• Regulations to ensure that urban growth will not expand into adjacent non-urban areas
  • Mitigation of impacts to designated natural resource lands
  • Are there examples of FCCs in Washington state?
    Yes, there are at least three fully contained communities in Washington state: Issaquah Highlands, Tehaleh, and Snoqualmie Ridge. Snoqualmie Ridge was planned before the Growth Management Act was enacted and has different development regulations.

    Is this the same project as Avalon?
    No. The FCC proposal is a “non-project proposal” which means there is no designated site or plan for an FCC in Skagit County. The proposal requests changes to the Skagit County Comprehensive Plan to allow for a future FCC development if certain requirements and regulations are met.

    Why is the County pursuing an FCC?
    The County is reviewing a petition from Skagit Partners, LLC to allow for Fully Contained Communities through the annual Comprehensive Plan process. Below is the typical Comprehensive Plan Amendment Process:

    Comp Plan Review Process image

    Why does Skagit County want to grow?
    Population growth in our region will continue whether the community wants it or not. The growth estimates adopted by the County and Cities in 2016 estimate the population will grow by approximately 35,000 people by 2036.

    The existing growth is evidenced in our low housing vacancy rates. Skagit County has one of the lowest housing vacancy rates in the state at less than 1%. This low of a vacancy rate ensures housing prices continue to rise at rates that are unaffordable to many of the county’s population.

    In order to slow sprawl into rural and agricultural lands, the county is looking at strategies to encourage density in urban areas.

    What is the 80/20 split about?
    Since 1992 there has been a Countywide Planning Policy to encourage population growth in urban rather than rural areas. 80% of the new population growth should be in the Urban Growth Areas while 20% is in the unincorporated County. Currently 36% of the population resides in the unincorporated areas of the County.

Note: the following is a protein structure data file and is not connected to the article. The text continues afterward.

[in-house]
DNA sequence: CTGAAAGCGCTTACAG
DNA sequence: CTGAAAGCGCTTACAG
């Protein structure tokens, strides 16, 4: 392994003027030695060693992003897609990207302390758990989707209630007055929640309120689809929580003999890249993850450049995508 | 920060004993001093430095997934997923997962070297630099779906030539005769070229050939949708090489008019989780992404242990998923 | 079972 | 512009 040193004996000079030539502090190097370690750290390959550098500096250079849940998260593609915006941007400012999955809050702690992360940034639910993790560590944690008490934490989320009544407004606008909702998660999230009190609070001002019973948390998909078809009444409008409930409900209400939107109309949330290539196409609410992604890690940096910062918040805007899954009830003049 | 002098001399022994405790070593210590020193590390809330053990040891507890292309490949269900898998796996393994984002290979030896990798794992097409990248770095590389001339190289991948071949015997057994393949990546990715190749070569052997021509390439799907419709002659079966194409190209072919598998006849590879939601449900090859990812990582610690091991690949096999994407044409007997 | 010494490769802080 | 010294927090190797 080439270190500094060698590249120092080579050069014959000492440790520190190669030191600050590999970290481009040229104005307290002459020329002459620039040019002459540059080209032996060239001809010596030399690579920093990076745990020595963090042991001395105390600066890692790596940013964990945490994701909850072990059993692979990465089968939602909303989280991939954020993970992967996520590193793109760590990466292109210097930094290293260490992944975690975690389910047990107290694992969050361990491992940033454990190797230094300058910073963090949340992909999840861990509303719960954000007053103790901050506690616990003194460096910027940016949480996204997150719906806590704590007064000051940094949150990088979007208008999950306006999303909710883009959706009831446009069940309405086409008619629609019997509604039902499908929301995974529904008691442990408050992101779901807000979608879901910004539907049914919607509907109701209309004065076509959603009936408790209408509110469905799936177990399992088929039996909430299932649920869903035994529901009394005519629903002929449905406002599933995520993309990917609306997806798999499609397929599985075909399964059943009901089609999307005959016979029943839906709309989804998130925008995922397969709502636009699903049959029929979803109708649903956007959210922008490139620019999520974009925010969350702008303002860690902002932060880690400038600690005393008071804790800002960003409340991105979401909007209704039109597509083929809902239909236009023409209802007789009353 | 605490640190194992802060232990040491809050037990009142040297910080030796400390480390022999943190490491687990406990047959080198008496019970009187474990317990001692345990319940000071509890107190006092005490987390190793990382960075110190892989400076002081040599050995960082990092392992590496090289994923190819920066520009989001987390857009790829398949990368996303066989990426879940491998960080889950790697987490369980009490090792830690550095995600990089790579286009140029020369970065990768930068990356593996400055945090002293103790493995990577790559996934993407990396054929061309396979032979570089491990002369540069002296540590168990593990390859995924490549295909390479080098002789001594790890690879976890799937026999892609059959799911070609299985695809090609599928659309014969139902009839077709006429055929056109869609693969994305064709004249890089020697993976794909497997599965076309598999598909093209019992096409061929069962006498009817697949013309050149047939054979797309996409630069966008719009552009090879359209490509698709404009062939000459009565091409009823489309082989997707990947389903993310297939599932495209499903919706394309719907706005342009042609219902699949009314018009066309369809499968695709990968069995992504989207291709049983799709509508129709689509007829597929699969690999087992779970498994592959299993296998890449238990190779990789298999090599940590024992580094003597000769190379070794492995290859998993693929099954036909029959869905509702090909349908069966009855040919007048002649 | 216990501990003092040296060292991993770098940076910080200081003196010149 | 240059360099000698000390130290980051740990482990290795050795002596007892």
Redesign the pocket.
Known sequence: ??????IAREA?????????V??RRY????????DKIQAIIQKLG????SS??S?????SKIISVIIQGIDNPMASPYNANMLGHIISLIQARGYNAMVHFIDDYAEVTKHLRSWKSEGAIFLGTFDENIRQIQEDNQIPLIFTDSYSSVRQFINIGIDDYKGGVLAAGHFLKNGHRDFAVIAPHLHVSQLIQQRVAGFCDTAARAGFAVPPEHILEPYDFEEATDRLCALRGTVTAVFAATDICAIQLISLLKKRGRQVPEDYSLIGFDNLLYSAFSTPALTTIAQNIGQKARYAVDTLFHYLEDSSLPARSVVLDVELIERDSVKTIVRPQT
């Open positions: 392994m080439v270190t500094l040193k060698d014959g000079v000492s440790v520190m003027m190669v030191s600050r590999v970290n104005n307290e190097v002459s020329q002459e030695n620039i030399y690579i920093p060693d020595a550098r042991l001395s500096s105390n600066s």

What is an Urban Growth Area?
    An Urban Growth Area is an area designated by Skagit County within which urban growth is encouraged and outside of which growth can only occur if it is not urban in nature. A municipal UGA consists of the city as well as the area the city is expected to annex. Skagit County has designated the following Urban Growth Areas:

    • Anacortes
    • Bayview Ridge
    • Burlington
    • Concrete
    • Hamilton
    • Mount Vernon
    • Sedro-Woolley
    • Swinomish

    Don't the Countywide Planning Policies need to be amended?
    Yes. State law requires that a population reserve is established before a fully contained community can be permitted. Every eight years the County and Cities negotiate the estimated population that they can accommodate in the next 20 years. Each city and the County are allocated a certain percentage of the total population.

    Is the Board of County Commissioners voting on allowing FCCs this year?
    No. More study of the likely impacts of a fully contained community is necessary. The County is going through the environmental review process. This is likely to take a full year.

    Are my tax dollars paying for this study?
    No. The cost of the study is paid for by the petitioner of fully contained communities, Skagit Partners, LLC.

    What is an EIS?
    An Environmental Impact Statement (EIS) is a statement on how a proposed project or policy will impact the community. For this purpose, “environment” is defined as both the natural landscapes and existing physical infrastructure along with the relationship of local communities with those landscapes. This can include impacts on water quality, roads, schools, services, and economic aspects. Impacts can be either positive or negative and generally the EIS will include strategies to mitigate for those impacts.

    Will I be able to provide public comment before the County Commissioners vote?
    Yes, the EIS process includes a public comment period once the determination is published, and again when the draft is available for review. The County will notice the public as to when the comment period will start and end.

    Provide Comment

    There will be several opportunites to provide comment on the non-project specific EIS.

    You can provide comment or ask questions by emailing or calling Planning & Development Service Department at 360-416-1320.

    The Planning Commission can be reached with feedback or questions at or 360-416-1338.

    You may also provide general feedback to the Skagit County Board of Commissioners at or 360-416-1300

    PLEASE NOTE: To provide comment to be included in the EIS analysis, specific instructions will need to be followed. Once an EIS consultant has been brought on, and the process started, more information on this will be available.